Early Planted Wheat Increaes Need for Active Management of the CropFri, 20 Aug 2010 6:07:47 CDT
According to a report prepared by a group of four OSU specialists, approximately 40 to 60% of the winter wheat in Oklahoma is sown with the intent of being used as a dual-purpose crop. In this system wheat is grazed by cattle from late October to early March and harvested for grain in early summer. In a grain-only system, wheat is generally planted in October, but in a dual-purpose system wheat is planted in early to mid-September to maximize forage production. Planting wheat this early significantly increases the likelihood that diseases such as wheat streak mosaic virus, high plains virus, the aphid/barley yellow dwarf virus complex, and root and foot rots will be more prevalent and more severe.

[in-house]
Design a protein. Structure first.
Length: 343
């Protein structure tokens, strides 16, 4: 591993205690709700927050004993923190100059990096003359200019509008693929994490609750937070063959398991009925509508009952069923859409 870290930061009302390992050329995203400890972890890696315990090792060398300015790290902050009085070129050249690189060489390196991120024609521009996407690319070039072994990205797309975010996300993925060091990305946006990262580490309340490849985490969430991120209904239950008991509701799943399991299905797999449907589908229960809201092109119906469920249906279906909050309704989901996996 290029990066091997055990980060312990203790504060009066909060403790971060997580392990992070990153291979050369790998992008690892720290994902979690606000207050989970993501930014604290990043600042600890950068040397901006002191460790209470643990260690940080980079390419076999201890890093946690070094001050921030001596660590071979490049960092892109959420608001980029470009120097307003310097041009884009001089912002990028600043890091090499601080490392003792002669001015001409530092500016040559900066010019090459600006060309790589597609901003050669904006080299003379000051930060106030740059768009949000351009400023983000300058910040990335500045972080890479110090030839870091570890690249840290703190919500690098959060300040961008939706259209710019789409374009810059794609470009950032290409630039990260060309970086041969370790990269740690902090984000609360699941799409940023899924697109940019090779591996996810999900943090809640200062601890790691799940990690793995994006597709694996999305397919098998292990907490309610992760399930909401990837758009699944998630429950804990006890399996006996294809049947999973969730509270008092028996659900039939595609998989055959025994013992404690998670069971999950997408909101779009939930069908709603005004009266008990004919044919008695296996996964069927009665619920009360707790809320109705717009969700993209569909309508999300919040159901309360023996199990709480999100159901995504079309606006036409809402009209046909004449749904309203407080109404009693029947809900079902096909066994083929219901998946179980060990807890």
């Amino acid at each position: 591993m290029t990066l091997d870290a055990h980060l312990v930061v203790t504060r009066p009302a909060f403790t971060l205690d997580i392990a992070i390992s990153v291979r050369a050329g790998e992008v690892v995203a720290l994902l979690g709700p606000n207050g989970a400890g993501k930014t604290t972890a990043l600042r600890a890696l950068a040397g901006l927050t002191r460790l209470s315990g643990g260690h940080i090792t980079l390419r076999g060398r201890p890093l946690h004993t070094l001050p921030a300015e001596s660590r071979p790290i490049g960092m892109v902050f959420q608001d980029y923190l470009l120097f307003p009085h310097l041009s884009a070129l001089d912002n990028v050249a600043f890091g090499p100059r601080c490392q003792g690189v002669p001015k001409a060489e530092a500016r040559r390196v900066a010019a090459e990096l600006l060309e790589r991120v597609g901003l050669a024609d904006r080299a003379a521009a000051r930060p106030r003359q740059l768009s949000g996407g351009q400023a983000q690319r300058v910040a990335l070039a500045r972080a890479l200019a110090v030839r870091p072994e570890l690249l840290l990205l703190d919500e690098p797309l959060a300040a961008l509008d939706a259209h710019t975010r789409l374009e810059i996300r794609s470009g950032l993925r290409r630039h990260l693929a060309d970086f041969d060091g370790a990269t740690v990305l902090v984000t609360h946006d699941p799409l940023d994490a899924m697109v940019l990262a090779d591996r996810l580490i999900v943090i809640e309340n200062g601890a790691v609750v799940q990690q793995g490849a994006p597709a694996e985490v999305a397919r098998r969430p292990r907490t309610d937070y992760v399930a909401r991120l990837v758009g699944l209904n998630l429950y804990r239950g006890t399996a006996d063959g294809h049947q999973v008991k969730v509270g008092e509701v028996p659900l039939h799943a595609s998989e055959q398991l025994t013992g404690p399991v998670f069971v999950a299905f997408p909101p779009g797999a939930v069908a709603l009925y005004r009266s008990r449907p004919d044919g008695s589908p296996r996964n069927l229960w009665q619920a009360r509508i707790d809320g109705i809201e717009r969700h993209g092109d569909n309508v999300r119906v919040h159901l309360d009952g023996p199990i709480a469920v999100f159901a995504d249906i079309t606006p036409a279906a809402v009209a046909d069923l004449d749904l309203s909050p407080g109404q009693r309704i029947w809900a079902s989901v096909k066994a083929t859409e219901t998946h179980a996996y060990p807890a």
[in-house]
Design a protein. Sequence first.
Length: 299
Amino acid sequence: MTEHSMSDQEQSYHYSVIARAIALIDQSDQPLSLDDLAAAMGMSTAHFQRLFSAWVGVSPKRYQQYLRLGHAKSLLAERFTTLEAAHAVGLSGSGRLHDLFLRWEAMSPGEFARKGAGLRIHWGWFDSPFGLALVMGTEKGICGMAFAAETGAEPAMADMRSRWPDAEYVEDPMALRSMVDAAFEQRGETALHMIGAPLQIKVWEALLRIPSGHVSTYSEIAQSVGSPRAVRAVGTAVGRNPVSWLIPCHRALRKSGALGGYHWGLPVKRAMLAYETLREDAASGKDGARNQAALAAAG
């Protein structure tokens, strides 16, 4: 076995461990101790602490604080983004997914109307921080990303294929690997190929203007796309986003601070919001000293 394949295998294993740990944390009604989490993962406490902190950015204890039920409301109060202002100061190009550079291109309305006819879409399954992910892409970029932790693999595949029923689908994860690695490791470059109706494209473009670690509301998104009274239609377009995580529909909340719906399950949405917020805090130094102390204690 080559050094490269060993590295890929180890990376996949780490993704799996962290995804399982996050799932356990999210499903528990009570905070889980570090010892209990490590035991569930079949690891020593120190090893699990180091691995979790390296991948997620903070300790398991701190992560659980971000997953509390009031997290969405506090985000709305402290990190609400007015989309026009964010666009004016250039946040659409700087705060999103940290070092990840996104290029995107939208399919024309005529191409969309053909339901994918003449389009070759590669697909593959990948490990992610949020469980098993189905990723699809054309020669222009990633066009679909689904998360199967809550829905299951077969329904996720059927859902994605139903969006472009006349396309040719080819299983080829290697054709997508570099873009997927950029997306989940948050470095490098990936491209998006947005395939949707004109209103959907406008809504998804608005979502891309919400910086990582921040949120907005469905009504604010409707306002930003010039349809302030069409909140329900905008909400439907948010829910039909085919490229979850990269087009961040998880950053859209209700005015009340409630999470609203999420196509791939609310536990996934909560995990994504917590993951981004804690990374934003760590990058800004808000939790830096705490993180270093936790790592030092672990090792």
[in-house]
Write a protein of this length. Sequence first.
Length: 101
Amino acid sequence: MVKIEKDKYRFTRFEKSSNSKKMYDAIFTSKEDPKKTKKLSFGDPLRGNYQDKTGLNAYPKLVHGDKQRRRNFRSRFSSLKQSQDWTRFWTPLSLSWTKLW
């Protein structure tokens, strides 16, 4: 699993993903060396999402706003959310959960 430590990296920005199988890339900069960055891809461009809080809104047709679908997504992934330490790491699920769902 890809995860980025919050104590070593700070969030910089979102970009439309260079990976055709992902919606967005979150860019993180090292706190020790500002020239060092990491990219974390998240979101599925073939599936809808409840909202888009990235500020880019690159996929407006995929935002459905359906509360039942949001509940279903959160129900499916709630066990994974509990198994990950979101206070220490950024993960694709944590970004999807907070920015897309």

A team that includes Dr. Jeff Edwards, Dr. Tom Royer, Dr. Bob Hunger and Terry Pitts have assembled a very good report on the problems you may run into with early planted wheat- and a recommendation that you consider a wheat seed treatment in order to battle at least some of these early planted issues that may develop.
Click on the link below to read the full article developed by these gentlemen- it's entitled "Effect of Planting Date and Seed Treatment on Diseases and Insect Pests of Wheat."
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